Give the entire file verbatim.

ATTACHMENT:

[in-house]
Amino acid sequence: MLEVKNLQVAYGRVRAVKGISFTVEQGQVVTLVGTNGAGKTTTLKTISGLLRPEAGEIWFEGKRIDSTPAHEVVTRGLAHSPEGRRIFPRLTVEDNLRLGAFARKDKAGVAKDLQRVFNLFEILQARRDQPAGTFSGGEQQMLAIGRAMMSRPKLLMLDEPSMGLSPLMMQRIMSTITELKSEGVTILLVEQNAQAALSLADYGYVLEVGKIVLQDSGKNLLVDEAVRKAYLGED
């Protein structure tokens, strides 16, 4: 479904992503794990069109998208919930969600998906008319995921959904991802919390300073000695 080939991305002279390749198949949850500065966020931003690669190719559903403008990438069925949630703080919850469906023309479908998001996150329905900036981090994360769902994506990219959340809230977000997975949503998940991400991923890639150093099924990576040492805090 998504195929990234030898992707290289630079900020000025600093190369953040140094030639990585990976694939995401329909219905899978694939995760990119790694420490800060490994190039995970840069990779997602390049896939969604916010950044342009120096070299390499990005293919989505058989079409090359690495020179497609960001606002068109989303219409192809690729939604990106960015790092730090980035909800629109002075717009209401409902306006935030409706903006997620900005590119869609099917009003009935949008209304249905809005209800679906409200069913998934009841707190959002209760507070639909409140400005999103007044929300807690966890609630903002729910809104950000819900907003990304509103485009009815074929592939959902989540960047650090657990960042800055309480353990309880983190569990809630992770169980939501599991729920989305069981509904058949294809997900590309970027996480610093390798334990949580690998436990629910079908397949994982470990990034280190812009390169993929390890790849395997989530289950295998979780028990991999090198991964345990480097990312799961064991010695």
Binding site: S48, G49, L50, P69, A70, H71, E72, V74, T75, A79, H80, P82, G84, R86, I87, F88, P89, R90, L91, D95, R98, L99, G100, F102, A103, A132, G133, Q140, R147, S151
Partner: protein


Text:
[in-house]
Amino acid sequence: MLEVKNLQVAYGRVRAVKGISFTVEQGQVVTLVGTNGAGKTTTLKTISGLLRPEAGEIWFEGKRIDSTPAHEVVTRGLAHSPEGRRIFPRLTVEDNLRLGAFARKDKAGVAKDLQRVFNLFEILQARRDQPAGTFSGGEQQMLAIGRAMMSRPKLLMLDEPSMGLSPLMMQRIMSTITELKSEGVTILLVEQNAQAALSLADYGYVLEVGKIVLQDSGKNLLVDEAVRKAYLGED
């Protein structure tokens, strides 16, 4: 479904992503794990069109998208919930969600998906008319995921959904991802919390300073000695 080939991305002279390749198949949850500065966020931003690669190719559903403008990438069925949630703080919850469906023309479908998001996150329905900036981090994360769902994506990219959340809230977000997975949503998940991400991923890639150093099924990576040492805090 998504195929990234030898992707290289630079900020000025600093190369953040140094030639990585990976694939995401329909219905899978694939995760990119790694420490800060490994190039995970840069990779997602390049896939969604916010950044342009120096070299390499990005293919989505058989079409090359690495020179497609960001606002068109989303219409192809690729939604990106960015790092730090980035909800629109002075717009209401409902306006935030409706903006997620900005590119869609099917009003009935949008209304249905809005209800679906409200069913998934009841707190959002209760507070639909409140400005999103007044929300807690966890609630903002729910809104950000819900907003990304509103485009009815074929592939959902989540960047650090657990960042800055309480353990309880983190569990809630992770169980939501599991729920989305069981509904058949294809997900590309970027996480610093390798334990949580690998436990629910079908397949994982470990990034280190812009390169993929390890790849395997989530289950295998979780028990991999090198991964345990480097990312799961064991010695």
Binding site: S48, G49, L50, P69, A70, H71, E72, V74, T75, A79, H80, P82, G84, R86, I87, F88, P89, R90, L91, D95, R98, L99, G100, F102, A103, A132, G133, Q140, R147, S151
Partner: protein